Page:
Convergence of racial history with modern reality yields plenty of irony

Published: October 3, 2013
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“You cannot work a man who must have beef and bread, and would prefer beer, alongside of a man who can live on rice,” Blaine proclaimed. In a letter to the New York Tribune, Blaine said, “If as a nation we have the right to exclude the criminal classes from coming to us, we surely have the right to exclude that immigration which reeks with impurity and which cannot come to us without plenteously sowing the seeds of moral and physical disease, destitution, and death.”

Yet when Stuart Taylor and Richard Sander researched affirmative action, they concluded it had become “a force for economic inequality” that reduced opportunity for academically well-prepared working class and poor Asian students, among others. Ward Connerly, who has led the charge against affirmative action policies nationally, notes the percentage of Asian college students at the University of California increased from 22 percent to 42 percent after racial preferences were ended.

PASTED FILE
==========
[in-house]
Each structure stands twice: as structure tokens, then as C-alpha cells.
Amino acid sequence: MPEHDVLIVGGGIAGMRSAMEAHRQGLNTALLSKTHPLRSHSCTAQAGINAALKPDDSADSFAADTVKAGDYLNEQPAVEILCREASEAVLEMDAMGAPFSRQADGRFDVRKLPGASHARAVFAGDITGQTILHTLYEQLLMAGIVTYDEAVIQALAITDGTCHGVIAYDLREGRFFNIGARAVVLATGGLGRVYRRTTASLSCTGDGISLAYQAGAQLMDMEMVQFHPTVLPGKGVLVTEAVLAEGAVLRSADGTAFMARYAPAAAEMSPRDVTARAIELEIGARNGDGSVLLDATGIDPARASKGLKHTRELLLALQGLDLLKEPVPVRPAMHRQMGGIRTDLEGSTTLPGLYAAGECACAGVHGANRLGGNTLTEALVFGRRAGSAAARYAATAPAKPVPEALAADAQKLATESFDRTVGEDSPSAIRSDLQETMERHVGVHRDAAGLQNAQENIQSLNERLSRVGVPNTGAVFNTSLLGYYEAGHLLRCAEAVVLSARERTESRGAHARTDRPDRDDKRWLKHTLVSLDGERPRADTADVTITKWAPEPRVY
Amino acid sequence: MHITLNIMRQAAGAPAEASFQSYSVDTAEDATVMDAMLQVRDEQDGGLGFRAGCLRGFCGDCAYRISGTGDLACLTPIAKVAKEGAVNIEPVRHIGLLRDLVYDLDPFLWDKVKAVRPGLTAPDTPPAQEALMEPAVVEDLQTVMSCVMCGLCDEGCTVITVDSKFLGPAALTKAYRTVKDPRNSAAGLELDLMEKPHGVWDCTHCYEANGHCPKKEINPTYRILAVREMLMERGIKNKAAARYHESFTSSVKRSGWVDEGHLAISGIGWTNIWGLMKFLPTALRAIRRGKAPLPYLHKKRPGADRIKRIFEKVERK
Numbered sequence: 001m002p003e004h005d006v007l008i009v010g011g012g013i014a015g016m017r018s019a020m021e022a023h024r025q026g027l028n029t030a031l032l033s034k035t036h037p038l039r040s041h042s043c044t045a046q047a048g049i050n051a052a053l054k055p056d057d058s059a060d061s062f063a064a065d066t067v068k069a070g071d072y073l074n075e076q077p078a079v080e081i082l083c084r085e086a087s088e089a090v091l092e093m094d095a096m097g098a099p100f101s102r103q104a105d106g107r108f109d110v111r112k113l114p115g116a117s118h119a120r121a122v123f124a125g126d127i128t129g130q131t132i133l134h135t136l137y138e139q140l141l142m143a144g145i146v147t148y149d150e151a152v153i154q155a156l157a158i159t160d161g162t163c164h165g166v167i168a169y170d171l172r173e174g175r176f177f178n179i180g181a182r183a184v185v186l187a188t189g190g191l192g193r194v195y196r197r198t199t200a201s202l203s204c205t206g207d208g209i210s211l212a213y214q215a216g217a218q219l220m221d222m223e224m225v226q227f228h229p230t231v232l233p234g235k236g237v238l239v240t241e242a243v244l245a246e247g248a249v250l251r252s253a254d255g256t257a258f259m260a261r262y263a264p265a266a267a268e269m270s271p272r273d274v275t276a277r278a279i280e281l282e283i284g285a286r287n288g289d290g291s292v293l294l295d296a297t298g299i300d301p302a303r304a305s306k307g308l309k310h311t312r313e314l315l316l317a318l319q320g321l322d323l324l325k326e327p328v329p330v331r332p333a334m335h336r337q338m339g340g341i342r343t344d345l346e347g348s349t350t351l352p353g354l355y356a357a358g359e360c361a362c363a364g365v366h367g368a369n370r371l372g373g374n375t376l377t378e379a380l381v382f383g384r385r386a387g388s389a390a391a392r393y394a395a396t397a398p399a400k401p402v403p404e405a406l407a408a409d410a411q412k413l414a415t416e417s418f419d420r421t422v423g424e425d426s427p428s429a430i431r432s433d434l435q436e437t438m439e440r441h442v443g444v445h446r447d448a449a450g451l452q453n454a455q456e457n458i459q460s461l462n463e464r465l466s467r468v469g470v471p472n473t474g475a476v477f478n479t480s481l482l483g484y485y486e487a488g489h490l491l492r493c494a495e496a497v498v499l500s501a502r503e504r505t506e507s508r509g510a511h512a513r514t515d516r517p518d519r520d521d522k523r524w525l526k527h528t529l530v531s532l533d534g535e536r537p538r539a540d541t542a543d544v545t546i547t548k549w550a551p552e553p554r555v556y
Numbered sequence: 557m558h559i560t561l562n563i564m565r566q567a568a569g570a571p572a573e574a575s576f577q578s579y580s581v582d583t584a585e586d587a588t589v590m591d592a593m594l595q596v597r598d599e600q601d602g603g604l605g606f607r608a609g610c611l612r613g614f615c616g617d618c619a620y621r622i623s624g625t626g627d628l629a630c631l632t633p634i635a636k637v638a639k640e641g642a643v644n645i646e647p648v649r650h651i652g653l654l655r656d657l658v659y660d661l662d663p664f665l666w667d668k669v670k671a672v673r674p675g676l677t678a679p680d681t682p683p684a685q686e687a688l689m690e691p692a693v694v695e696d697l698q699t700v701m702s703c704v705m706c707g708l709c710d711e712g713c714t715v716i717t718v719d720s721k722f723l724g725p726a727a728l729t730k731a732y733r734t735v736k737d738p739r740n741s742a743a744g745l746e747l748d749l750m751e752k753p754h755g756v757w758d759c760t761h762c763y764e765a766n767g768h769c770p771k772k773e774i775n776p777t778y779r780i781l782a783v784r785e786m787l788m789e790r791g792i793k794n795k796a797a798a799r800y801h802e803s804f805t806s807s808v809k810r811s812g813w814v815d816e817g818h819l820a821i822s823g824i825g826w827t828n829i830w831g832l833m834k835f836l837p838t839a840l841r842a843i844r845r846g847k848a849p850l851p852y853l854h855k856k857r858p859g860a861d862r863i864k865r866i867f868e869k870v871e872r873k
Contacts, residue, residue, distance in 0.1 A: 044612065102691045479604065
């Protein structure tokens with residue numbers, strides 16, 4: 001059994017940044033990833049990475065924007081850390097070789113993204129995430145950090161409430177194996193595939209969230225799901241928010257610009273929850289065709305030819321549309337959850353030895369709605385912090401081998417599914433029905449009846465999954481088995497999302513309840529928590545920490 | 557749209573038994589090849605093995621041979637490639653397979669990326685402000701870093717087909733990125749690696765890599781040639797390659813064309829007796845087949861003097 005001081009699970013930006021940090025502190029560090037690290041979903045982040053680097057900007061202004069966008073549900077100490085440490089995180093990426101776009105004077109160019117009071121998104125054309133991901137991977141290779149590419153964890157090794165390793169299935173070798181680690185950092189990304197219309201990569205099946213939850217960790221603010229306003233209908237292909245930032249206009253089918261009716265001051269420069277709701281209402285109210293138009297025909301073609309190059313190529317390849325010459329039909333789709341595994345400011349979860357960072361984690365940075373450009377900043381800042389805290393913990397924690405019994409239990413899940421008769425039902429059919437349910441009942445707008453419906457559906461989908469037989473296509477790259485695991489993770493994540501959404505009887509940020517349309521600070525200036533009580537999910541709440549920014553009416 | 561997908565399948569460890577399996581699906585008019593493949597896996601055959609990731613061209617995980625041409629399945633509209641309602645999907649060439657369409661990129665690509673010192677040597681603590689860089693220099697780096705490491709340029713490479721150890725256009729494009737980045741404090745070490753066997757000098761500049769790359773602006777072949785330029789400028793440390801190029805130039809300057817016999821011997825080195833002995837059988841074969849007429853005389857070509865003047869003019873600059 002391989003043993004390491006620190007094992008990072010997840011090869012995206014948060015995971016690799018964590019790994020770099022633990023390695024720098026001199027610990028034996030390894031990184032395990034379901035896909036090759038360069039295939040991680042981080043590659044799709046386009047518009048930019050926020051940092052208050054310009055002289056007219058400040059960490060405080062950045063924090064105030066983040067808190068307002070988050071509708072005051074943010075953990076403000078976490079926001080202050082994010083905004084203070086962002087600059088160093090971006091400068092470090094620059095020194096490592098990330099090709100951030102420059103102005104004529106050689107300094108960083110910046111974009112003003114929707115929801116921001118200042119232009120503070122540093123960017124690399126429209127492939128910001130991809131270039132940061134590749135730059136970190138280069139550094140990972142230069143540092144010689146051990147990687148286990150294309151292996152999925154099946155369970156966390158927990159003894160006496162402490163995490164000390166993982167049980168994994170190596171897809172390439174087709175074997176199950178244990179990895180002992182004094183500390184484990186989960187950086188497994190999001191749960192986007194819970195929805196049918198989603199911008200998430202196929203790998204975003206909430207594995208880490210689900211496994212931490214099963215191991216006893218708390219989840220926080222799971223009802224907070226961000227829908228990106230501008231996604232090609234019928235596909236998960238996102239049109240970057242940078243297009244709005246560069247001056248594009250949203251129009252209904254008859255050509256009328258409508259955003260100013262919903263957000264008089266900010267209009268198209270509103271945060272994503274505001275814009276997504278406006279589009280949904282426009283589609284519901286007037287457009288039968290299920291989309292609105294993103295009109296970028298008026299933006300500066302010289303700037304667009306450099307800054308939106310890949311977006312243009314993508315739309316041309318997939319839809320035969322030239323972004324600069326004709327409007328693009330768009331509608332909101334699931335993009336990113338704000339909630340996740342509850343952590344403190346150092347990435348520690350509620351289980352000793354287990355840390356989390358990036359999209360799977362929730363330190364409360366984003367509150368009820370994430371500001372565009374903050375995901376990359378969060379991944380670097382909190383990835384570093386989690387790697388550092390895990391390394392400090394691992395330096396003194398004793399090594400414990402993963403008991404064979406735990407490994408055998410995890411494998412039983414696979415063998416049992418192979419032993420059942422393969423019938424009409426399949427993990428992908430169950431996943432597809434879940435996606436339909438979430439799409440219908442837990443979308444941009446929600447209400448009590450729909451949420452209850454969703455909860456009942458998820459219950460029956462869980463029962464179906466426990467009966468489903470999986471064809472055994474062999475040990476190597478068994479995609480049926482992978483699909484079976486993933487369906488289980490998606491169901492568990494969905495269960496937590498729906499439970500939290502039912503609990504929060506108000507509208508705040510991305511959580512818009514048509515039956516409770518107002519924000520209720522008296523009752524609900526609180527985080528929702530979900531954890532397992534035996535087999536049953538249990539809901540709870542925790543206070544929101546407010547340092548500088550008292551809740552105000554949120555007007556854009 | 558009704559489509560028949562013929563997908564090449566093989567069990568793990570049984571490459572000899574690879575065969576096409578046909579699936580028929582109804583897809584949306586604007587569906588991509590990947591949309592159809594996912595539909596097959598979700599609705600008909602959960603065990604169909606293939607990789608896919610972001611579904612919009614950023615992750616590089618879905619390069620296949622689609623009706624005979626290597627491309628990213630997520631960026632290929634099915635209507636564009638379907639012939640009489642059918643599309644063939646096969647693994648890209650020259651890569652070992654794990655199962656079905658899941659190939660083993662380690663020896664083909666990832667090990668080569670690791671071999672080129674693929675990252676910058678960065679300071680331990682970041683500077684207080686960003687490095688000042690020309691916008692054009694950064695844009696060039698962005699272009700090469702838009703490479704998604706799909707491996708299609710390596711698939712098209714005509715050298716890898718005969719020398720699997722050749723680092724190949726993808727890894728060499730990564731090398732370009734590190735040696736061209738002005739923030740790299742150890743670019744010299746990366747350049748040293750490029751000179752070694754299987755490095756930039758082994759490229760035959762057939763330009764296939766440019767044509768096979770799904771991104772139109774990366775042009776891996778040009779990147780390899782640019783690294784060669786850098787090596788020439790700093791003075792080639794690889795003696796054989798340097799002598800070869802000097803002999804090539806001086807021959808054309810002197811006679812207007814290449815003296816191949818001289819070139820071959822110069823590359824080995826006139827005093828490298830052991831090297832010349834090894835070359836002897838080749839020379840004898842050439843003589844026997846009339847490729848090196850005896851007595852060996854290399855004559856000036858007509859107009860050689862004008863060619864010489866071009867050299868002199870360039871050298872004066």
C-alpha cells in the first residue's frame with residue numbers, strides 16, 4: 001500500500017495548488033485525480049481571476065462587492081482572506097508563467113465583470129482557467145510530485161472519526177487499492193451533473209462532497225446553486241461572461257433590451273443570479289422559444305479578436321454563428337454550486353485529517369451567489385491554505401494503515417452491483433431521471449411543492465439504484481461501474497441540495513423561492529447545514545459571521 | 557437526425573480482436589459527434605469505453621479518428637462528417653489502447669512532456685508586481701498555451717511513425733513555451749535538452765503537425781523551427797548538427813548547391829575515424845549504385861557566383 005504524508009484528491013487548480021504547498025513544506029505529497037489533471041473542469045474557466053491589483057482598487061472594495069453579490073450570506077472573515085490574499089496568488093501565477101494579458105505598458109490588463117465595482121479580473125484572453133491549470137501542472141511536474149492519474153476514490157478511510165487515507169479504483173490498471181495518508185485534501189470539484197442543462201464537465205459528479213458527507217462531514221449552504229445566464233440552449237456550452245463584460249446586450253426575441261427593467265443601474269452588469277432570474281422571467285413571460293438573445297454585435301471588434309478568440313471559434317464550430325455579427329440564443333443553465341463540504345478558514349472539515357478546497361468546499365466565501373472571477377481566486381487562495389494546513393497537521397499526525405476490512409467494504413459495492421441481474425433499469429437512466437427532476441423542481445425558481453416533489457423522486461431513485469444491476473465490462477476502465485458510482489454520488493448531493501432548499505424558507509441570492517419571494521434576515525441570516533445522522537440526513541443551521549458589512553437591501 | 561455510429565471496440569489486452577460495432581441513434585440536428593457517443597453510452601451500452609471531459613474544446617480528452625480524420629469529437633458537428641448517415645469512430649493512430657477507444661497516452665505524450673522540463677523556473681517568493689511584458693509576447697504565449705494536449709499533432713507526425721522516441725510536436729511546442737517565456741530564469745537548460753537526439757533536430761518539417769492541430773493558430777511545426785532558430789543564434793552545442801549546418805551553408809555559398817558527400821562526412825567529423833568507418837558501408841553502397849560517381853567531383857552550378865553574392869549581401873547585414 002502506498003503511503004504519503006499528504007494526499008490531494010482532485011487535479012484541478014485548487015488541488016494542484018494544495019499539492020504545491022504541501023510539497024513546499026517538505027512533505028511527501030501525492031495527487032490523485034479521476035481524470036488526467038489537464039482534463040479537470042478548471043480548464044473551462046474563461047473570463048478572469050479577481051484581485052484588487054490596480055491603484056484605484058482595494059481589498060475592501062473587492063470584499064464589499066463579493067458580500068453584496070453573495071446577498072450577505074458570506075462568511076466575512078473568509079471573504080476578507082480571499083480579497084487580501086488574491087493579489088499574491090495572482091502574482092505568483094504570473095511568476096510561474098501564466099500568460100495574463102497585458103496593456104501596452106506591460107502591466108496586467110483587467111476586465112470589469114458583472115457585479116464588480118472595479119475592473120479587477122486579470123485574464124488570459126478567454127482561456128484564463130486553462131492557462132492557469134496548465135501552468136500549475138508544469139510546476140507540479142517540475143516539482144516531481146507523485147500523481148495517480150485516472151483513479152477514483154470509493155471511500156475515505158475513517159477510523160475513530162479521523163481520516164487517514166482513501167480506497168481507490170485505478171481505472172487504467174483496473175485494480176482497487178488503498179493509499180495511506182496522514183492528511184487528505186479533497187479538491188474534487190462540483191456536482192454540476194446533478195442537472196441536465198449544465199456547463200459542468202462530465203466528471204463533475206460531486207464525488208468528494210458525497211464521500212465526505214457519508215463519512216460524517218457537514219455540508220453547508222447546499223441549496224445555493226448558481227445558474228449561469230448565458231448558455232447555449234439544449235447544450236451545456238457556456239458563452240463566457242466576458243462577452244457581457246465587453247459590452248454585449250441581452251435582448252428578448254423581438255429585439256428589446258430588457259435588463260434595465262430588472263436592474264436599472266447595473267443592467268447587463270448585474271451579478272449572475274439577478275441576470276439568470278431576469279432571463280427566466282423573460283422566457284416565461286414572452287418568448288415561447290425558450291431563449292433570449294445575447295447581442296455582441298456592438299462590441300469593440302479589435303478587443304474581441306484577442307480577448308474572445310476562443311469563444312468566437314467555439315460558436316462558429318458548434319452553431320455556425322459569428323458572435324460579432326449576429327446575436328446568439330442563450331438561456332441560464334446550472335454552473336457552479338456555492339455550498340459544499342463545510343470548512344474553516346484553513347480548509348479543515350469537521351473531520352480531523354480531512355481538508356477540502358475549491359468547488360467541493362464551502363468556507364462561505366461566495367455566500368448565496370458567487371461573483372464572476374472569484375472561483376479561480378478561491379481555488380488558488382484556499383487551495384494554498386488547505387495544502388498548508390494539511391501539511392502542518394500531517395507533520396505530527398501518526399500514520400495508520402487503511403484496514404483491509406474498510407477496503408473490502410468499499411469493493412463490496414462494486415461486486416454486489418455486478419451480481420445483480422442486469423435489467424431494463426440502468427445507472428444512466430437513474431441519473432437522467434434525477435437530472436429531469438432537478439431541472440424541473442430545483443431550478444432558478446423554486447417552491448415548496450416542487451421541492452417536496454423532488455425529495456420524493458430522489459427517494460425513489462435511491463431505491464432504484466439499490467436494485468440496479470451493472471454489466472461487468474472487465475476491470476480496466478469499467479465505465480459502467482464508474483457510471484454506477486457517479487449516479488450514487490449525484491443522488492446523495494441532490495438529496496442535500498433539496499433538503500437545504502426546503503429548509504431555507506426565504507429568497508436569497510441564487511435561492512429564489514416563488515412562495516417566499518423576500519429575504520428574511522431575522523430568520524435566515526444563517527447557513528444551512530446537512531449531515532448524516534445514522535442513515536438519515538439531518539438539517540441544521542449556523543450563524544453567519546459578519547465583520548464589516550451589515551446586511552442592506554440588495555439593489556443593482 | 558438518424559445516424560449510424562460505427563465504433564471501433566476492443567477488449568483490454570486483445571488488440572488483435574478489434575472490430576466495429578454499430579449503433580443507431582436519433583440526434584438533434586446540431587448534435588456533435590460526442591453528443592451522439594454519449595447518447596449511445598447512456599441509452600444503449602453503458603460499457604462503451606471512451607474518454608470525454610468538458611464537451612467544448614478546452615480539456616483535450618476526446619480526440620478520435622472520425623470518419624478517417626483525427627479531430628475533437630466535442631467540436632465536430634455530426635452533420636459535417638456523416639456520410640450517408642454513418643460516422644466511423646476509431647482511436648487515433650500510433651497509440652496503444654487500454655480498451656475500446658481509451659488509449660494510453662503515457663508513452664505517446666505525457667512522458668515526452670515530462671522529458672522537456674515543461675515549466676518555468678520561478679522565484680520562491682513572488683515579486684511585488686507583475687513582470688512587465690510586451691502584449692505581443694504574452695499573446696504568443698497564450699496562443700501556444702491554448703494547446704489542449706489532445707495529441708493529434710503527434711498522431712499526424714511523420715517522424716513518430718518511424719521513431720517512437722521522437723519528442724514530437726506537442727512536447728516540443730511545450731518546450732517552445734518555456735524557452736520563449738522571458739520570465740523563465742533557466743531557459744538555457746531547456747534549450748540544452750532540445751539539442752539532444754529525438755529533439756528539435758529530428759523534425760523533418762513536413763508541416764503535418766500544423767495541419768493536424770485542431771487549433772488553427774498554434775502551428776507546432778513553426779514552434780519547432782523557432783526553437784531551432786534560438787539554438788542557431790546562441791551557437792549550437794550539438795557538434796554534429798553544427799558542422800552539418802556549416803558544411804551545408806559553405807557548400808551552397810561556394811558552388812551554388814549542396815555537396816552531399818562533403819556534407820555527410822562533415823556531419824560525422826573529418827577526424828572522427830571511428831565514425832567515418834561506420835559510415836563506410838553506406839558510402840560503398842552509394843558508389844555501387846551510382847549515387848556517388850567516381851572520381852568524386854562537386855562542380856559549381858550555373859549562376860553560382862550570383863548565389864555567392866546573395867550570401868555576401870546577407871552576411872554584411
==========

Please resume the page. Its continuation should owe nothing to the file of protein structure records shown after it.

So a modern policy to make amends for past discrimination is in fact discriminating against modern students whose ancestors were the target of past discrimination. Some might see that as self-defeating.

We all bleed red. Efforts to pretend otherwise, past and present, keep leading people through the looking glass into an upside-down world of racial polarization with increasingly bizarre outcomes.

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